Figure 3

As this Ecobee 3 installation manual photo implies, the push-in contact of the Ecobee 3 connectors are sized and intended for #22 and thinner-gauge solid wire (in my assessment); they certainly can't accommodate #18 stranded wire. (image source: Ecobee)

As this Ecobee 3 installation manual photo implies, the push-in contact of the Ecobee 3 connectors are sized and intended for #22 and thinner-gauge solid wire (in my assessment); they certainly can’t accommodate #18 stranded wire. (image source: Ecobee)

In the end, the solution was to add wire extenders. Much as I dislike burying a connection in a wall (it’s OK here with respect to the code, since it is only 24 VAC), I didn’t see an alternative. But I couldn’t solder right away to the stranded wire, as the waxy “whatever” on each of the constituent strands violated rule #1 of soldering: the copper has to be clean. I splayed out the strands of the stripped end of each of the wires, cleaned them with alcohol, and used some brown paper from a bag as a gentle form of sandpaper to get that crud off each strand. I then soldered a piece of #24 solid wire to each stranded wire, covered each connection with heat-shrink tubing, and inserted the new wire ends into the contacts of the connector. We inserted the relay, powered up, and the Ecobee thermostat recognized the connections were in place (it does that, which is very nice), we did the set-up and initialization, and all was good from there on.

In the end, this simple “no-brainer” one-hour project took a lot more time, effort, and thinking than we expected. Key to pushing this project to finish line were the soldering iron and the thinner-gauge hookup wire, along with the realization that we had to clean those existing wire strands to avoid cold-solder joints. All this effort was for an interconnect of three non-critical wires supported by full documentation of an identical installation!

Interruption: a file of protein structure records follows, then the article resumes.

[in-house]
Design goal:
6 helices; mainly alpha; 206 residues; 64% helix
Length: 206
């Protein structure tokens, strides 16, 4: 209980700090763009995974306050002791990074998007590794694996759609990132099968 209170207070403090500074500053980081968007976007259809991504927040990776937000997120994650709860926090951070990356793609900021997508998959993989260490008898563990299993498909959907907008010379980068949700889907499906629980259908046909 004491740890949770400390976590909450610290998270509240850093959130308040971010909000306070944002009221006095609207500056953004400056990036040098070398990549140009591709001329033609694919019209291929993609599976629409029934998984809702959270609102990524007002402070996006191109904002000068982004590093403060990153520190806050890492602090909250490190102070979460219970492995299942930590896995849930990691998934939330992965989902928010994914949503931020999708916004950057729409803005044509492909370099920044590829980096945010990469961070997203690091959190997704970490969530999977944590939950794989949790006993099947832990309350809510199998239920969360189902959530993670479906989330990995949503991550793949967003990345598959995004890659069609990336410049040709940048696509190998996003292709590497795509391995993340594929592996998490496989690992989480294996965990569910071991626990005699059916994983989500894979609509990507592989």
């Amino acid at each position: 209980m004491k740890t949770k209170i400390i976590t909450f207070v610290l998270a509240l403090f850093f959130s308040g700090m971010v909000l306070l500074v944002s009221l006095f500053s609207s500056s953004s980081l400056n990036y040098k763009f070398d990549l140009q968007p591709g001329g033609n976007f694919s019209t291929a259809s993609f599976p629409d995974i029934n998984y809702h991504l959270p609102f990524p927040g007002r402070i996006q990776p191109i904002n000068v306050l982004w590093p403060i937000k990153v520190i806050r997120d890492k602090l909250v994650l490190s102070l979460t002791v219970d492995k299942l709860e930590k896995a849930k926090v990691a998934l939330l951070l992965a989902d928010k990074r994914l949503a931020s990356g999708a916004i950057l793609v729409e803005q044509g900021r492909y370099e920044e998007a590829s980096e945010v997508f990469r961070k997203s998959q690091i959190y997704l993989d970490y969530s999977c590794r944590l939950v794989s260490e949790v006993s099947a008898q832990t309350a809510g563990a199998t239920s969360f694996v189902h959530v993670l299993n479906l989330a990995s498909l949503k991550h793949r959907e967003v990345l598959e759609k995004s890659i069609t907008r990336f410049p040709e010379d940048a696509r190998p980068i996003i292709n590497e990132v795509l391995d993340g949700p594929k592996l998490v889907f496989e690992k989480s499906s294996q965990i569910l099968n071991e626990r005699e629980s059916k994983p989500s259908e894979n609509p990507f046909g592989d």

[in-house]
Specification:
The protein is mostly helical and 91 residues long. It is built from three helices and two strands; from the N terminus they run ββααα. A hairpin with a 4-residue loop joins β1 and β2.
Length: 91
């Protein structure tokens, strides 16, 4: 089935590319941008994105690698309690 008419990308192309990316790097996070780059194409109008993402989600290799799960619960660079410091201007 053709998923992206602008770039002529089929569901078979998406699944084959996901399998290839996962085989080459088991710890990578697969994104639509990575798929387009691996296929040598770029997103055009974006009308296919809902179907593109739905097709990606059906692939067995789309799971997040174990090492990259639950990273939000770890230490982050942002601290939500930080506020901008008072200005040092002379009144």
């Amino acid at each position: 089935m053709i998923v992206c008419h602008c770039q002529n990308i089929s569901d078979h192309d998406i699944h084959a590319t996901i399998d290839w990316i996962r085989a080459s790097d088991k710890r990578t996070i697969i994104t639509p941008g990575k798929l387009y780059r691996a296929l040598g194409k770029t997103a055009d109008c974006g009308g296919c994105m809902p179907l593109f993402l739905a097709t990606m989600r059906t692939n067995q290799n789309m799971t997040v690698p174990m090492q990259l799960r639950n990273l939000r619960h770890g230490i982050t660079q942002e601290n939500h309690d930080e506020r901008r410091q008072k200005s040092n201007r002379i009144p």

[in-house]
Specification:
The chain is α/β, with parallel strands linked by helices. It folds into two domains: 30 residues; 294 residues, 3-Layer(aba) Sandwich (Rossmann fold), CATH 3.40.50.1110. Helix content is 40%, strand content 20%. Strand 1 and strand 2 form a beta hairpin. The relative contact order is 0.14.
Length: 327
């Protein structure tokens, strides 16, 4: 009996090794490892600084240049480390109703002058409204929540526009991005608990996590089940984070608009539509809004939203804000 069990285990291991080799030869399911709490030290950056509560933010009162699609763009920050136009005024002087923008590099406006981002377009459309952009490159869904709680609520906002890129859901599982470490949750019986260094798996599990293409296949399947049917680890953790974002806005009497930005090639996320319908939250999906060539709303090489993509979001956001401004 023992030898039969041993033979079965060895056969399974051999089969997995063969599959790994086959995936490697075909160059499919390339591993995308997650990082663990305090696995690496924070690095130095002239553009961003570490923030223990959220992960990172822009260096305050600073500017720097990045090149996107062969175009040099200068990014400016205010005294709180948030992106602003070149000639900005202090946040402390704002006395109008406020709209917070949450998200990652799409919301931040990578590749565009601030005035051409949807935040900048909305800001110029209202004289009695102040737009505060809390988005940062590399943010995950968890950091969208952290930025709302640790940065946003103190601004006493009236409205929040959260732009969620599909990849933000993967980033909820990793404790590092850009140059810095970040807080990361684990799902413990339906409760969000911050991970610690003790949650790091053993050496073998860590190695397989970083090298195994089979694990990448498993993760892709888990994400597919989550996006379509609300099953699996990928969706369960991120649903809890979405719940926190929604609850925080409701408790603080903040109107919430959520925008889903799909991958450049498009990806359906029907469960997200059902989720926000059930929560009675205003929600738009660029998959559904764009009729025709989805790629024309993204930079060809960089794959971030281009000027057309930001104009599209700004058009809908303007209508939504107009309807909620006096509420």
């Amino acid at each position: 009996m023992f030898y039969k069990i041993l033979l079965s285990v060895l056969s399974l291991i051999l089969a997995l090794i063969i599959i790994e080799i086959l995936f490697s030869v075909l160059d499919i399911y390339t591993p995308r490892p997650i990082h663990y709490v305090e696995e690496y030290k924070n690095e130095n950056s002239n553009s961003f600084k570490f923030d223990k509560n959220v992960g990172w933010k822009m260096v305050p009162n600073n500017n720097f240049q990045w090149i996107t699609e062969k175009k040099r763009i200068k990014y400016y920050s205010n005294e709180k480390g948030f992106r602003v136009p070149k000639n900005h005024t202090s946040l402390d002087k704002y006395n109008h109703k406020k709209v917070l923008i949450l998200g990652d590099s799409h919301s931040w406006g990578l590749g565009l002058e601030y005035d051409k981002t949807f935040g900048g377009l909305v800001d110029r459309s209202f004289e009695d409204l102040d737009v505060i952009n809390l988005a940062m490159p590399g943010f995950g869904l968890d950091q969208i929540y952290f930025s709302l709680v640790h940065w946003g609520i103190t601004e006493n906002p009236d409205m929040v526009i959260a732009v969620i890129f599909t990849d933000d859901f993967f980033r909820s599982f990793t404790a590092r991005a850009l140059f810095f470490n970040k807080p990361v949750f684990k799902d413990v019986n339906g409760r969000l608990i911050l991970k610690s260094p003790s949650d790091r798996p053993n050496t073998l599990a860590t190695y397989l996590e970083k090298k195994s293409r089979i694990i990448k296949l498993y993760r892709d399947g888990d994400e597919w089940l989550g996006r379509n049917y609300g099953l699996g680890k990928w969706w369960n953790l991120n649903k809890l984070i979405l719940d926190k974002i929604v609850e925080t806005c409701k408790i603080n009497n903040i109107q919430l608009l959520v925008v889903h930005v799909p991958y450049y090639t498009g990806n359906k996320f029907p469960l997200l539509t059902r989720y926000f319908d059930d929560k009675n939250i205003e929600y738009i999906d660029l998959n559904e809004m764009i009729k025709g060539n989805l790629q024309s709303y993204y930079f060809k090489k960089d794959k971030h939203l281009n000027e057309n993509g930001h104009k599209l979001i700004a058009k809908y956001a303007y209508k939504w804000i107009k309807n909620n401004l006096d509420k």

It’s another reminder of that eternal lesson: ‘Sometimes things look like they are going to be easy, but they are not’ (but in rare cases, it’s the other way around). We’ve all had this experience: many years ago, I worked several levels under a department head whose real engineering experience was near zero. He was under the delusion that if it was easy to say, it would be easy to do. On one project, there was excessive ringing causing false triggering on a data line. The first “cure” was well known: insert a 100-Ω resistor in series to damp the ringing. We tried it on a pilot-run unit (we were past the breadboards and early evaluation-unit stage) and the fix worked fine. But as soon as he heard that the solution was “just stick a resistor in series” he thought formally implementing it would take just a few keystrokes.

That was one of my introductions to the realities of production. We had to update the schematic, do a re-spin of the PC board layout to accommodate that resistor, verify that the new layout worked, update the BOM, notify purchasing of the update to the BOM, change the assembly drawings and sequence, and do a bunch of other little things. While it was not an enormous task, it took a lot more than the simple nature of the change indicated to someone who had little concept of the leap from prototype to real production. I learned a good lesson, but unfortunately (but not surprisingly) that department head did not!

Have you ever had a project which looked to be simple or trivial to implement, yet ended up taking a lot more time and energy, and perhaps improvisation, than you expected? Did those around you understand, or were they skeptical of your reality and explanation?